Another member of the expedition, Private Whitehouse noted the use of the airgun in a demonstration for members of the Sioux tribe on August 30, 1804:
“Captain Lewis took his Air Gun and shot her off, and by the Interpreter told them there was medicine in her, and that she could do very great execution. They all stood amazed at the curiosity; Captain Lewis discharged the Air Gun several times, and the Indians ran hastily to see the holes that the Balls had made which was discharged from it. at finding the balls had entered the Tree, they shouted a loud at the sight and the Execution that was done suprized them exceedingly.”
It now seems very likely that a Girandoni air rifle was used by Lewis and that demonstrating its awesome firepower to the Native Americans the expedition encountered may have been a factor in avoiding attacks. The question of how an Austrian secret weapon found its way to the US has never been satisfactorily answered, but most people accept that the Girandoni air rifle now displayed at the NRA museum is most probably the actual weapon used by the expedition.
The video below is a short presentation by the NRA Museum about the Girandoni repeating air rifle.
Owning a Girandoni
There are a number of surviving examples of Girandoni repeating air rifles and pistols including contemporary copies by people like Cantarini of Vienna. Most are held in museums or private collections but these air guns do occasionally turn up at auction. You can expect to pay somewhere north of €20,000 ($22,000) for a Girandoni repeating air pistol in good condition and considerably more for a rifle. Just don’t expect to be able to fire one of these originals unless you really want to find out what happens when you try to pressurise that 200 year old riveted iron reservoir to 800psi…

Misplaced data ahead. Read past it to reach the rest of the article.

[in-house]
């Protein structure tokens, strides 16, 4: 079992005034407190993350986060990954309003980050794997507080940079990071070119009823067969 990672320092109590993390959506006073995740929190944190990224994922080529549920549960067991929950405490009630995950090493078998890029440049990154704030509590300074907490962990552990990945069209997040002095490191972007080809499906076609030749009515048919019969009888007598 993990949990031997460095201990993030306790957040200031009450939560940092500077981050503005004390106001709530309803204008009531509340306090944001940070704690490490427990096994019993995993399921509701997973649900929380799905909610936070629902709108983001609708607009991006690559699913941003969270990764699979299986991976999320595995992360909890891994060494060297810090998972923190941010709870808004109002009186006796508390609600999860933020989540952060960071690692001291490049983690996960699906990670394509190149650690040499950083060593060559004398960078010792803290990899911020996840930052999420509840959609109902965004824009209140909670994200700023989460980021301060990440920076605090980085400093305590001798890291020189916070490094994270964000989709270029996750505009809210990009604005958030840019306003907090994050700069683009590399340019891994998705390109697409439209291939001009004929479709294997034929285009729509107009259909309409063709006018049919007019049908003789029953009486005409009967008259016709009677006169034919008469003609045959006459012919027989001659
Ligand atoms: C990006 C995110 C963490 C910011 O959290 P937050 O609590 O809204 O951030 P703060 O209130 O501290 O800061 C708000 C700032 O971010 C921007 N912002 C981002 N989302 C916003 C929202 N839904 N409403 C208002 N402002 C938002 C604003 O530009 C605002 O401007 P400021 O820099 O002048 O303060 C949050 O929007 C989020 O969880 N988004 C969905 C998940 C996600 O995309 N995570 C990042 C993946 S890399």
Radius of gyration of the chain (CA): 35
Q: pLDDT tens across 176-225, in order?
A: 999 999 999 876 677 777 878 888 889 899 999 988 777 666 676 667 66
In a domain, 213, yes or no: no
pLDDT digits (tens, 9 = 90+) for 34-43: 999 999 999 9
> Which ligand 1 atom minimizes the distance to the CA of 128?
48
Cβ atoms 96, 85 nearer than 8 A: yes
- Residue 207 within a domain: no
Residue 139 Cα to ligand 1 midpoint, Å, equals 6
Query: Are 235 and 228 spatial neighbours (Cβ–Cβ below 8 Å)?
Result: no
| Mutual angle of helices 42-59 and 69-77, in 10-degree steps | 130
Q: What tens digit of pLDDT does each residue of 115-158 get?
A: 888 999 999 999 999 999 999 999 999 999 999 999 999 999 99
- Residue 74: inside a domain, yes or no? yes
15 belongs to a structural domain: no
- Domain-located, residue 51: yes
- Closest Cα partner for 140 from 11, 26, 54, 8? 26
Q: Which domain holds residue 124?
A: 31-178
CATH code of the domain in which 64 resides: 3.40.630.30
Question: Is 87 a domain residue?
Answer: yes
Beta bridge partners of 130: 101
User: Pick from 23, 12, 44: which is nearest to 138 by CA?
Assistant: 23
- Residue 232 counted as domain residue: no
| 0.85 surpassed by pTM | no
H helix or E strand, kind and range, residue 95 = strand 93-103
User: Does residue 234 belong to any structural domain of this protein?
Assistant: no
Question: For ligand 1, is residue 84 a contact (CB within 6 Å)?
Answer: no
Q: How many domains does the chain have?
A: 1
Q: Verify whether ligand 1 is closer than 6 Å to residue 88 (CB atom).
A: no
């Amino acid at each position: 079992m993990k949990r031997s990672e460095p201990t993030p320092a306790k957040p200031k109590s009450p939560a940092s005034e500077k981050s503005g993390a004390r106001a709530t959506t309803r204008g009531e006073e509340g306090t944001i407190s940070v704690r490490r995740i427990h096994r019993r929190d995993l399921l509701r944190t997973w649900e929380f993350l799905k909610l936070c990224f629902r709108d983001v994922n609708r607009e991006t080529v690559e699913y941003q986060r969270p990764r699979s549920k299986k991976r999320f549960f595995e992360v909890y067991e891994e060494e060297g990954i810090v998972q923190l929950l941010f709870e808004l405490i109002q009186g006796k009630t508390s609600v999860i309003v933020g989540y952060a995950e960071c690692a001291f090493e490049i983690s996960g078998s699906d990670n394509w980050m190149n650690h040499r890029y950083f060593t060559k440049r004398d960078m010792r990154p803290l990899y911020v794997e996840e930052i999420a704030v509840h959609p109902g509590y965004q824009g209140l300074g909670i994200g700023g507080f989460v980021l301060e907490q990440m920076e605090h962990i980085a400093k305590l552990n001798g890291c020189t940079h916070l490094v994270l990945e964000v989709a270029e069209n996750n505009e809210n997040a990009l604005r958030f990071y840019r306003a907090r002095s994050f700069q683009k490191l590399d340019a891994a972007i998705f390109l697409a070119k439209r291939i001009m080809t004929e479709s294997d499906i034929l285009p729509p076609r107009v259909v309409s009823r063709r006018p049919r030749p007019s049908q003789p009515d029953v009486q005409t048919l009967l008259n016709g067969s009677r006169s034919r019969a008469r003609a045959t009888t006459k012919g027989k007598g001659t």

Several people have produced modern recreations of the Girandoni rifle (many using much safer turned alloy reservoirs instead of riveted iron) but sadly none appear to be available commercially. As far as I am aware, no-one has produced a modern reproduction of a Girandoni repeating pistol. Which seems a great pity. Wouldn’t you just love a CO2 or green gas powered replica of this pistol? I know I would.